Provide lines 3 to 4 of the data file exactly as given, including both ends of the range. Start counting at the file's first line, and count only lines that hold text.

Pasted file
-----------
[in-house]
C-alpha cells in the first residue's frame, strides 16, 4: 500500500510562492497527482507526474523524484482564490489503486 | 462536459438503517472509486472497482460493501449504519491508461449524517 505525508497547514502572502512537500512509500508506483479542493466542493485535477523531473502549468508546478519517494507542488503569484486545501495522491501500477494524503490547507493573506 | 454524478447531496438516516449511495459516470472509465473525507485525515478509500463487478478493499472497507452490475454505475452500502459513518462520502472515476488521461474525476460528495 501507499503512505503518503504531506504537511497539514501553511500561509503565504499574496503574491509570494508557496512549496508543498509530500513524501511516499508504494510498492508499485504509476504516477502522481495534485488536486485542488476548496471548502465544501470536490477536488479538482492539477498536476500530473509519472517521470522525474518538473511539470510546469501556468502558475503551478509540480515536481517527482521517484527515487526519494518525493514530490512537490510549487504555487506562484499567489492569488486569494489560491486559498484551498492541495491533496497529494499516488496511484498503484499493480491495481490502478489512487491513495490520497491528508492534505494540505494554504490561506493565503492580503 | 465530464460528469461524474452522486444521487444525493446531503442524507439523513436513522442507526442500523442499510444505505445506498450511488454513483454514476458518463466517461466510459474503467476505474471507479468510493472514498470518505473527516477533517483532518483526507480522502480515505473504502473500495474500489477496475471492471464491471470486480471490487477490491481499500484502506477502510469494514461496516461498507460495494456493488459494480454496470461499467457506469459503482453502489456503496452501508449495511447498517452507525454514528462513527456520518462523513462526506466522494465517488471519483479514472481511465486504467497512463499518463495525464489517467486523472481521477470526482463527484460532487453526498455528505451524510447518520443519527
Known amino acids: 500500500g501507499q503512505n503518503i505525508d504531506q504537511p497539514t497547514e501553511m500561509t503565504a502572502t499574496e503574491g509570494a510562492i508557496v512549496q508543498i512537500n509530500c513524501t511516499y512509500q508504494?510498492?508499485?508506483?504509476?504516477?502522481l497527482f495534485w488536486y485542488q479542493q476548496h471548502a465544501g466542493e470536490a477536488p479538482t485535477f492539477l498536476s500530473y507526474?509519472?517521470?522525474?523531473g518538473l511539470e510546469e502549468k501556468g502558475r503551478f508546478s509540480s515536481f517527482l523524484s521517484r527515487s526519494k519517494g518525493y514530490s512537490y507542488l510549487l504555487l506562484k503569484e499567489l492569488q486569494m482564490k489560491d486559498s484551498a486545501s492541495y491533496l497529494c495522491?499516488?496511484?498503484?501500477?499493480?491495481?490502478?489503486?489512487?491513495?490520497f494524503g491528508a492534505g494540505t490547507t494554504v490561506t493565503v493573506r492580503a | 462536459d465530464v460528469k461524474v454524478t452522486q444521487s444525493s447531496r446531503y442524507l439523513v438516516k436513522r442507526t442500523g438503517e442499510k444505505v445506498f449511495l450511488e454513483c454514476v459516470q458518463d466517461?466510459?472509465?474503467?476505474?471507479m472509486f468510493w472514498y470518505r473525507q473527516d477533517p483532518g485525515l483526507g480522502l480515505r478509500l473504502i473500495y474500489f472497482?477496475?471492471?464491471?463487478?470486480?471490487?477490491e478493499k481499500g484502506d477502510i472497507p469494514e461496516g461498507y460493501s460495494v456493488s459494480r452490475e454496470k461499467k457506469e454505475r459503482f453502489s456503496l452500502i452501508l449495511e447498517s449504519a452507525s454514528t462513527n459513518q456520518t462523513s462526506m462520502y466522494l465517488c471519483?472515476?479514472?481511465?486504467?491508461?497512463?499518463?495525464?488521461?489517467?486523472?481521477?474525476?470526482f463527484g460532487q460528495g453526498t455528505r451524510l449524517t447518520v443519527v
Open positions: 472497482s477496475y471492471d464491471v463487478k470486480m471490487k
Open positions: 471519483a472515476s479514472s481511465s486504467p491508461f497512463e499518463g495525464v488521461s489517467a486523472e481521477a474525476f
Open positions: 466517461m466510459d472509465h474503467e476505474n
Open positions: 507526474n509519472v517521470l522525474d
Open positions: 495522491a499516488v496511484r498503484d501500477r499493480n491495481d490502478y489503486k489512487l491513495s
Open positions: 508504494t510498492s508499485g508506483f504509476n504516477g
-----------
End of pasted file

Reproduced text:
Known amino acids: 500500500g501507499q503512505n503518503i505525508d504531506q504537511p497539514t497547514e501553511m500561509t503565504a502572502t499574496e503574491g509570494a510562492i508557496v512549496q508543498i512537500n509530500c513524501t511516499y512509500q508504494?510498492?508499485?508506483?504509476?504516477?502522481l497527482f495534485w488536486y485542488q479542493q476548496h471548502a465544501g466542493e470536490a477536488p479538482t485535477f492539477l498536476s500530473y507526474?509519472?517521470?522525474?523531473g518538473l511539470e510546469e502549468k501556468g502558475r503551478f508546478s509540480s515536481f517527482l523524484s521517484r527515487s526519494k519517494g518525493y514530490s512537490y507542488l510549487l504555487l506562484k503569484e499567489l492569488q486569494m482564490k489560491d486559498s484551498a486545501s492541495y491533496l497529494c495522491?499516488?496511484?498503484?501500477?499493480?491495481?490502478?489503486?489512487?491513495?490520497f494524503g491528508a492534505g494540505t490547507t494554504v490561506t493565503v493573506r492580503a | 462536459d465530464v460528469k461524474v454524478t452522486q444521487s444525493s447531496r446531503y442524507l439523513v438516516k436513522r442507526t442500523g438503517e442499510k444505505v445506498f449511495l450511488e454513483c454514476v459516470q458518463d466517461?466510459?472509465?474503467?476505474?471507479m472509486f468510493w472514498y470518505r473525507q473527516d477533517p483532518g485525515l483526507g480522502l480515505r478509500l473504502i473500495y474500489f472497482?477496475?471492471?464491471?463487478?470486480?471490487?477490491e478493499k481499500g484502506d477502510i472497507p469494514e461496516g461498507y460493501s460495494v456493488s459494480r452490475e454496470k461499467k457506469e454505475r459503482f453502489s456503496l452500502i452501508l449495511e447498517s449504519a452507525s454514528t462513527n459513518q456520518t462523513s462526506m462520502y466522494l465517488c471519483?472515476?479514472?481511465?486504467?491508461?497512463?499518463?495525464?488521461?489517467?486523472?481521477?474525476?470526482f463527484g460532487q460528495g453526498t455528505r451524510l449524517t447518520v443519527v
Open positions: 472497482s477496475y471492471d464491471v463487478k470486480m471490487k